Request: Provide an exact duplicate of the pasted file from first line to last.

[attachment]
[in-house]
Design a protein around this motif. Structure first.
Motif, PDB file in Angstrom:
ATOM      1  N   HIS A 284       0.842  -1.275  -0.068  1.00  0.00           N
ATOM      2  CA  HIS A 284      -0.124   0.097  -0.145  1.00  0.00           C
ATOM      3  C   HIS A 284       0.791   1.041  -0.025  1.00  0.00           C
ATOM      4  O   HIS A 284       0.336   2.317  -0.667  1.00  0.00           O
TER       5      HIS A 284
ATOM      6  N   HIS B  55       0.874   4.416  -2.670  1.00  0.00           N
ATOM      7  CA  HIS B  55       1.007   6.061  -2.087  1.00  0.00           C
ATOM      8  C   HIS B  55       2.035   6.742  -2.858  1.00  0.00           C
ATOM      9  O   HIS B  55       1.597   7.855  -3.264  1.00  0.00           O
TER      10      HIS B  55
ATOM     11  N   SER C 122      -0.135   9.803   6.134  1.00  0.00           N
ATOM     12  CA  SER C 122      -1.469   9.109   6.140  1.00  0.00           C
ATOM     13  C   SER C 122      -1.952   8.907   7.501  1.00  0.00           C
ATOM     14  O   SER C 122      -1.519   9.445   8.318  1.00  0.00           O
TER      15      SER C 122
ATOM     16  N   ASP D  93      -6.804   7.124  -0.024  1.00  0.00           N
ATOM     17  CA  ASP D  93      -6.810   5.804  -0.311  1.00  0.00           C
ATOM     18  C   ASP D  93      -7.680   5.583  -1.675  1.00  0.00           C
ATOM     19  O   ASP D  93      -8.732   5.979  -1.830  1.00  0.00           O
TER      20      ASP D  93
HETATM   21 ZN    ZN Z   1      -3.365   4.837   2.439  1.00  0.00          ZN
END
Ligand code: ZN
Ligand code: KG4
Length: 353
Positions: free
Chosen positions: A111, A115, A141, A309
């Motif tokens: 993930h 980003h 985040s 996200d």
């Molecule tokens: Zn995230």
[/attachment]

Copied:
[in-house]
Design a protein around this motif. Structure first.
Motif, PDB file in Angstrom:
ATOM      1  N   HIS A 284       0.842  -1.275  -0.068  1.00  0.00           N
ATOM      2  CA  HIS A 284      -0.124   0.097  -0.145  1.00  0.00           C
ATOM      3  C   HIS A 284       0.791   1.041  -0.025  1.00  0.00           C
ATOM      4  O   HIS A 284       0.336   2.317  -0.667  1.00  0.00           O
TER       5      HIS A 284
ATOM      6  N   HIS B  55       0.874   4.416  -2.670  1.00  0.00           N
ATOM      7  CA  HIS B  55       1.007   6.061  -2.087  1.00  0.00           C
ATOM      8  C   HIS B  55       2.035   6.742  -2.858  1.00  0.00           C
ATOM      9  O   HIS B  55       1.597   7.855  -3.264  1.00  0.00           O
TER      10      HIS B  55
ATOM     11  N   SER C 122      -0.135   9.803   6.134  1.00  0.00           N
ATOM     12  CA  SER C 122      -1.469   9.109   6.140  1.00  0.00           C
ATOM     13  C   SER C 122      -1.952   8.907   7.501  1.00  0.00           C
ATOM     14  O   SER C 122      -1.519   9.445   8.318  1.00  0.00           O
TER      15      SER C 122
ATOM     16  N   ASP D  93      -6.804   7.124  -0.024  1.00  0.00           N
ATOM     17  CA  ASP D  93      -6.810   5.804  -0.311  1.00  0.00           C
ATOM     18  C   ASP D  93      -7.680   5.583  -1.675  1.00  0.00           C
ATOM     19  O   ASP D  93      -8.732   5.979  -1.830  1.00  0.00           O
TER      20      ASP D  93
HETATM   21 ZN    ZN Z   1      -3.365   4.837   2.439  1.00  0.00          ZN
END
Ligand code: ZN
Ligand code: KG4
Length: 353
Positions: free
Chosen positions: A111, A115, A141, A309
């Motif tokens: 993930h 980003h 985040s 996200d």
């Molecule tokens: Zn995230």